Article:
Ramallah Woman

5. JAFFA WOMAN, 1889

Jaffa Woman, 1889

6. BETHLEHEM GIRL

Bethlehem Girl

7. BETHLEHEM WOMAN

Bethlehem Woman

8. BETHLEHEM WOMEN

Bethlehem Women

9. BETHLEHEM SISTERS

Bethlehem Sisters

10. BETHLEHEM WOMAN

Bethlehem Woman

11. JERUSALEM MAN

Jerusalem Man

12. GAZAN MEN

Gazan Men

Yes, it says “Natives of Gaza, Palestine”.

13. RAMALLAH WOMAN

Ramallah Woman

14. RAMALLAH FAMILY

Ramallah Family

15. RAMALLAH WOMAN

Ramallah Woman

16. BEERSHEBA BEDOUIN

Beersheba Bedouin

17. WOMAN & CHILD FLEEING PALESTINE DURING THE NAKBA

Woman & Child fleeing Palestine during the Nakba

1948

18. 100 YEAR OLD MAN

100 Year Old Man

19. BETHLEHEM WOMAN, 1940

Bethlehem Woman, 1940

20. JERUSALEM

Jerusalem

21. DEMONSTRATION AGAINST ZIONIST COLONIZATION/BRITISH RULE, 1920

Demonstration against Zionist colonization/British rule, 1920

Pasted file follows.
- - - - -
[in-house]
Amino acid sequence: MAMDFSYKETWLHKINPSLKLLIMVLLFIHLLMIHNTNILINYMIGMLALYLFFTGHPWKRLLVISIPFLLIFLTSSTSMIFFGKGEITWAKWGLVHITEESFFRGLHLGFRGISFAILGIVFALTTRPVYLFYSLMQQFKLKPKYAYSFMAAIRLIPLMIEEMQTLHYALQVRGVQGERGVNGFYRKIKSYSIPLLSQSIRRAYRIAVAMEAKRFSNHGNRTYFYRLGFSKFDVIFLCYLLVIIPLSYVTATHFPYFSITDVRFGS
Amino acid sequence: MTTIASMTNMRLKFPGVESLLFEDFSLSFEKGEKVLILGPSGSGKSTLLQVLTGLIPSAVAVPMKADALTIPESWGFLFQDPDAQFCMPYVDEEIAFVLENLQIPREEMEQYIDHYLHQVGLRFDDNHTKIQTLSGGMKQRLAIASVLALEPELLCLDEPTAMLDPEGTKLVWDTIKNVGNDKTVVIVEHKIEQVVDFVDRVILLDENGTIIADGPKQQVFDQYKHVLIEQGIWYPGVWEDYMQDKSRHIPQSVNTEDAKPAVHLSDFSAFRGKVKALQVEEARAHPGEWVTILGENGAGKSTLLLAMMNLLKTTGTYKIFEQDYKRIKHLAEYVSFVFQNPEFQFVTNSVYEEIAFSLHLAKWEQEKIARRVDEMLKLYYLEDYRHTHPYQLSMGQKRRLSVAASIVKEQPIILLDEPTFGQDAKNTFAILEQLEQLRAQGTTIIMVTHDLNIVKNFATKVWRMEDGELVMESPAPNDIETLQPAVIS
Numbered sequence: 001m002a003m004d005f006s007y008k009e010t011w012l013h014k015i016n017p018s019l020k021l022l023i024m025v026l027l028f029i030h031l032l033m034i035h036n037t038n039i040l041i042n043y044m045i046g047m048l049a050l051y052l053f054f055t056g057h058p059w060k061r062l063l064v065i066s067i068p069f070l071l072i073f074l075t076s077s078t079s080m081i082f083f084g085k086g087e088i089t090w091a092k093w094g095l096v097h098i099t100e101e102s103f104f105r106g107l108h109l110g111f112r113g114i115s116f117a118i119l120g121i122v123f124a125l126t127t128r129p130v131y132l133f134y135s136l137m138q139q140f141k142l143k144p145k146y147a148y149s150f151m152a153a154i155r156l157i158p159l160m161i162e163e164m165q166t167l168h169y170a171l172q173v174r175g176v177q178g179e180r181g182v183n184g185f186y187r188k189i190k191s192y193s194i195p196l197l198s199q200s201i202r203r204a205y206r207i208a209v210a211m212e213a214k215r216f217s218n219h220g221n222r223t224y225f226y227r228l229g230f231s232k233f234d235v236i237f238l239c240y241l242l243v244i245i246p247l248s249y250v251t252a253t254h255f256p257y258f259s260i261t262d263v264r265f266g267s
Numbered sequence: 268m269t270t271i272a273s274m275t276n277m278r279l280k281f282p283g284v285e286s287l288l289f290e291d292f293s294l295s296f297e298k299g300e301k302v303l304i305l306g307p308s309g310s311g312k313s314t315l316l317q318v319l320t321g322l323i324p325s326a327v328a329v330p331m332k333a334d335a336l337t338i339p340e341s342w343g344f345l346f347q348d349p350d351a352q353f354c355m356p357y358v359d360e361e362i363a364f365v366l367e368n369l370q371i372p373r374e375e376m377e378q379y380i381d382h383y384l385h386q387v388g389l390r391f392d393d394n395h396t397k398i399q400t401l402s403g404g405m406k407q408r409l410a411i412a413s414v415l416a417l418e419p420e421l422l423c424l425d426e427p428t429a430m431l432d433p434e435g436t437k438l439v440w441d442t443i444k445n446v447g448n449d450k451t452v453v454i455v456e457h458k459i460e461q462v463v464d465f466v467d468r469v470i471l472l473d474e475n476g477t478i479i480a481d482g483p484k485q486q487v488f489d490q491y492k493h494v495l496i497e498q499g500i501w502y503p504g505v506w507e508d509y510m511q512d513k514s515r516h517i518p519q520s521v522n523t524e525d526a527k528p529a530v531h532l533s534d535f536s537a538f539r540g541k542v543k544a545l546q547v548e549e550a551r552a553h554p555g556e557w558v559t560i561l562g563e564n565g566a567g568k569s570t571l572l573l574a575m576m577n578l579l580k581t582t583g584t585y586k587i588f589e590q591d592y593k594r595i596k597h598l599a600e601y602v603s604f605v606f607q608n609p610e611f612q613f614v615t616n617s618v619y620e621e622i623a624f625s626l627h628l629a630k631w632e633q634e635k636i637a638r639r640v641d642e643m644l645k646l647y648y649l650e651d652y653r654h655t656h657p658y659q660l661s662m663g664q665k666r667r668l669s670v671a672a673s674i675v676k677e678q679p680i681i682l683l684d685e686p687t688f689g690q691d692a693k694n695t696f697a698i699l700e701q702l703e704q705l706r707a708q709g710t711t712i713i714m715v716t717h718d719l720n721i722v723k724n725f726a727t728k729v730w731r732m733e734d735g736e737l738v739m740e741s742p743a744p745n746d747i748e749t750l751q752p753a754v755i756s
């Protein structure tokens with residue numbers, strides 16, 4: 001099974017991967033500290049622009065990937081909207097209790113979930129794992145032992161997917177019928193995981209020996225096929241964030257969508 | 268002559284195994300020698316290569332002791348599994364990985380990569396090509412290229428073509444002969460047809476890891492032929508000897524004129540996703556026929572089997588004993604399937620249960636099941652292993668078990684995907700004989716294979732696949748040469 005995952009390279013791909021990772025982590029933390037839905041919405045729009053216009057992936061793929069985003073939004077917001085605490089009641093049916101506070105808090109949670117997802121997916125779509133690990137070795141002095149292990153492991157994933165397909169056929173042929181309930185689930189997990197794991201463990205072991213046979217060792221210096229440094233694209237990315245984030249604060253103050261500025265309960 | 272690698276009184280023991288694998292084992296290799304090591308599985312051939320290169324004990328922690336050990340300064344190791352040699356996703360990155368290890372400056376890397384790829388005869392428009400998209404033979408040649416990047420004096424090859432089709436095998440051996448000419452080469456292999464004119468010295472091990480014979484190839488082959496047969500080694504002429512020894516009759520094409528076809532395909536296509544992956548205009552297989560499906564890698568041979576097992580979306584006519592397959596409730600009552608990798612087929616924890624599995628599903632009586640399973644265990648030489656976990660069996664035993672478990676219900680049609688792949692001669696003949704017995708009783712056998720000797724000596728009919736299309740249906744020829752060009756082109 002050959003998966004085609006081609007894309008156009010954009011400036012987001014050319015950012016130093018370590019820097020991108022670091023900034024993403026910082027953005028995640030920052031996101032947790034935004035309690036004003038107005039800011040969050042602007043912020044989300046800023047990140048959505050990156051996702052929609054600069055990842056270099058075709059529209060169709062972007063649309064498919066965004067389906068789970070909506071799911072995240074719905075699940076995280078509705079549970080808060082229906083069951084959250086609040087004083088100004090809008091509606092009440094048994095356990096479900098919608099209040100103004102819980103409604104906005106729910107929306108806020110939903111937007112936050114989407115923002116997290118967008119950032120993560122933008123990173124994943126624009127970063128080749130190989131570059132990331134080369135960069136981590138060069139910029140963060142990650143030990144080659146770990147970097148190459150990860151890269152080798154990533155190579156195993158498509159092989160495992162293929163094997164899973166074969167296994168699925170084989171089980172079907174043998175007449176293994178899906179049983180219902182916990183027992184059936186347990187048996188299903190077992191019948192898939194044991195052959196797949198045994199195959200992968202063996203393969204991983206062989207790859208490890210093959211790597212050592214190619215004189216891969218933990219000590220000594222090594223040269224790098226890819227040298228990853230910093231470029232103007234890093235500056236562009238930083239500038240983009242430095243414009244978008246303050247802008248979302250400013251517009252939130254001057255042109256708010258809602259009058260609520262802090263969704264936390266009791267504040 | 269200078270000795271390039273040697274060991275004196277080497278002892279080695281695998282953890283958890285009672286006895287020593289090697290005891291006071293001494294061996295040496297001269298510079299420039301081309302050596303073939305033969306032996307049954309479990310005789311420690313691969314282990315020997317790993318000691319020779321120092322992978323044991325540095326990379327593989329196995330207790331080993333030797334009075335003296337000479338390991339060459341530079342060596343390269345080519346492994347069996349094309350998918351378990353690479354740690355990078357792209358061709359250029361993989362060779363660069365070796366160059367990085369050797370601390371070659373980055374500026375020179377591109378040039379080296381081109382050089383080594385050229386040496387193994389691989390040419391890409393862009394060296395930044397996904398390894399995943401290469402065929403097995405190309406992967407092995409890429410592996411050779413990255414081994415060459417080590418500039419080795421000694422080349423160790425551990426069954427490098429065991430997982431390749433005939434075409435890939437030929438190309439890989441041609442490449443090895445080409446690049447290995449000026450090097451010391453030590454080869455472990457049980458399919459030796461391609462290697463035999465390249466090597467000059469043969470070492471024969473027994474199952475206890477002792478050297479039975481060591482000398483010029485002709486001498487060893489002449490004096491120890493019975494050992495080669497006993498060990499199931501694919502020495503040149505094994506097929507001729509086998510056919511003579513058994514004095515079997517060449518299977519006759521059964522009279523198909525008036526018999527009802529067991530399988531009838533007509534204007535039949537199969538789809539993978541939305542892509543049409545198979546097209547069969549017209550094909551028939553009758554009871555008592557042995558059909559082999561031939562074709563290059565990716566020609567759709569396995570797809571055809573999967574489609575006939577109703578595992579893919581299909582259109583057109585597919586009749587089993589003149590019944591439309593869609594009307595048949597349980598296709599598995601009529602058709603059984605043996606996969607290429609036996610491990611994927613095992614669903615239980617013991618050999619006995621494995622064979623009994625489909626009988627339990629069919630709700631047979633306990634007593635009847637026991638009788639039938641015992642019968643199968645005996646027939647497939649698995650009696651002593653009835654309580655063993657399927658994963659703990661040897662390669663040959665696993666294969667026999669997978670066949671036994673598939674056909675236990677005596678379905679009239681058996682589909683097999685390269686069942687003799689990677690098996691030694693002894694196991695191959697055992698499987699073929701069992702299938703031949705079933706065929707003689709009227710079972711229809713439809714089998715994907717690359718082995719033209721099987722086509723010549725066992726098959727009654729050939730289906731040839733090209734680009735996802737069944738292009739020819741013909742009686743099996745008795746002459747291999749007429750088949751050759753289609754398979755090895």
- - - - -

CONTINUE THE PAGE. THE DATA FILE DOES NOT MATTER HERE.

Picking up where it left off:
22. DOME OF THE ROCK, JERUSALEM

Dome of the Rock, Jerusalem

23. SEA OF GALILEE FISHERMAN, 1930S

Sea of Galilee Fisherman, 1930s

24. EARLY 1900S DEMONSTRATION IN JAFFA

Early 1900s Demonstration in Jaffa

25. JERUSALEM BETWEEN 1898 AND 1914

Jerusalem between 1898 and 1914

26. JERUSALEM

Jerusalem

27. JERUSALEM GRAIN MARKET

Jerusalem Grain Market

28. NABLUS

Nablus

29. BETHLEHEM

Bethlehem

30. THE GREEK PATRIARCH OF JERUSALEM, 1940

The Greek Patriarch of Jerusalem, 1940

31. JERUSALEM POTTER, 1934

Jerusalem Potter, 1934

Via buzzfeed

WATCH: PALESTINE IN 1896

 

Israeli official calls for concentration camps in Gaza and

‘The conquest of the entire Gaza Strip, and

Annihilation of all fighting forces and their supporters’

  • Moshe Feiglin is Deputy Speaker of the Israeli Knesset
  • He posted the message on his Facebook page at the weekend
  • Plan includes shipping the people living in Gaza across the world